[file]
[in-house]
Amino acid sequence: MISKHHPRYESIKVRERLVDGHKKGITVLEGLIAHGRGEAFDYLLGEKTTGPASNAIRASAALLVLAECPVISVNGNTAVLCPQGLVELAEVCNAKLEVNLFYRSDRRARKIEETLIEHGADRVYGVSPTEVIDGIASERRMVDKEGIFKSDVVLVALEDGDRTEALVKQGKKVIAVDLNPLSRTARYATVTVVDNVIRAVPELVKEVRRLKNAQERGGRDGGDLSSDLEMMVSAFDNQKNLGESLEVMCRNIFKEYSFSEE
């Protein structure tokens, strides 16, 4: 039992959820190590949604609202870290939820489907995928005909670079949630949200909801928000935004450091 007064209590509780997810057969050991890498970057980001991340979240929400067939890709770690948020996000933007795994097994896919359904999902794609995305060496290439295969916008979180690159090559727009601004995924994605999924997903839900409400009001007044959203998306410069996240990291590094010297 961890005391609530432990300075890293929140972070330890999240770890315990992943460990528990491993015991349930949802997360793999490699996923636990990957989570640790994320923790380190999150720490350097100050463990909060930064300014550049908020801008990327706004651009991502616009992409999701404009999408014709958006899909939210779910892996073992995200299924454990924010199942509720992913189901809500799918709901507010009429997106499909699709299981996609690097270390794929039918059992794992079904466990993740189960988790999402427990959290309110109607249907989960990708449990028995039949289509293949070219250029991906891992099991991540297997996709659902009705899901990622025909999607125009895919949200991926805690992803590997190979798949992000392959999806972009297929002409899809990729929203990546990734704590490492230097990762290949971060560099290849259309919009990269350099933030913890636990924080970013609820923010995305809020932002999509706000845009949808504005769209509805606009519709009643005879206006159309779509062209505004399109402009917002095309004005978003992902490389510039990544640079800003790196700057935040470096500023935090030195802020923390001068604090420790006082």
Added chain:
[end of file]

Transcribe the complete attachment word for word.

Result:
[in-house]
Amino acid sequence: MISKHHPRYESIKVRERLVDGHKKGITVLEGLIAHGRGEAFDYLLGEKTTGPASNAIRASAALLVLAECPVISVNGNTAVLCPQGLVELAEVCNAKLEVNLFYRSDRRARKIEETLIEHGADRVYGVSPTEVIDGIASERRMVDKEGIFKSDVVLVALEDGDRTEALVKQGKKVIAVDLNPLSRTARYATVTVVDNVIRAVPELVKEVRRLKNAQERGGRDGGDLSSDLEMMVSAFDNQKNLGESLEVMCRNIFKEYSFSEE
């Protein structure tokens, strides 16, 4: 039992959820190590949604609202870290939820489907995928005909670079949630949200909801928000935004450091 007064209590509780997810057969050991890498970057980001991340979240929400067939890709770690948020996000933007795994097994896919359904999902794609995305060496290439295969916008979180690159090559727009601004995924994605999924997903839900409400009001007044959203998306410069996240990291590094010297 961890005391609530432990300075890293929140972070330890999240770890315990992943460990528990491993015991349930949802997360793999490699996923636990990957989570640790994320923790380190999150720490350097100050463990909060930064300014550049908020801008990327706004651009991502616009992409999701404009999408014709958006899909939210779910892996073992995200299924454990924010199942509720992913189901809500799918709901507010009429997106499909699709299981996609690097270390794929039918059992794992079904466990993740189960988790999402427990959290309110109607249907989960990708449990028995039949289509293949070219250029991906891992099991991540297997996709659902009705899901990622025909999607125009895919949200991926805690992803590997190979798949992000392959999806972009297929002409899809990729929203990546990734704590490492230097990762290949971060560099290849259309919009990269350099933030913890636990924080970013609820923010995305809020932002999509706000845009949808504005769209509805606009519709009643005879206006159309779509062209505004399109402009917002095309004005978003992902490389510039990544640079800003790196700057935040470096500023935090030195802020923390001068604090420790006082």
Added chain: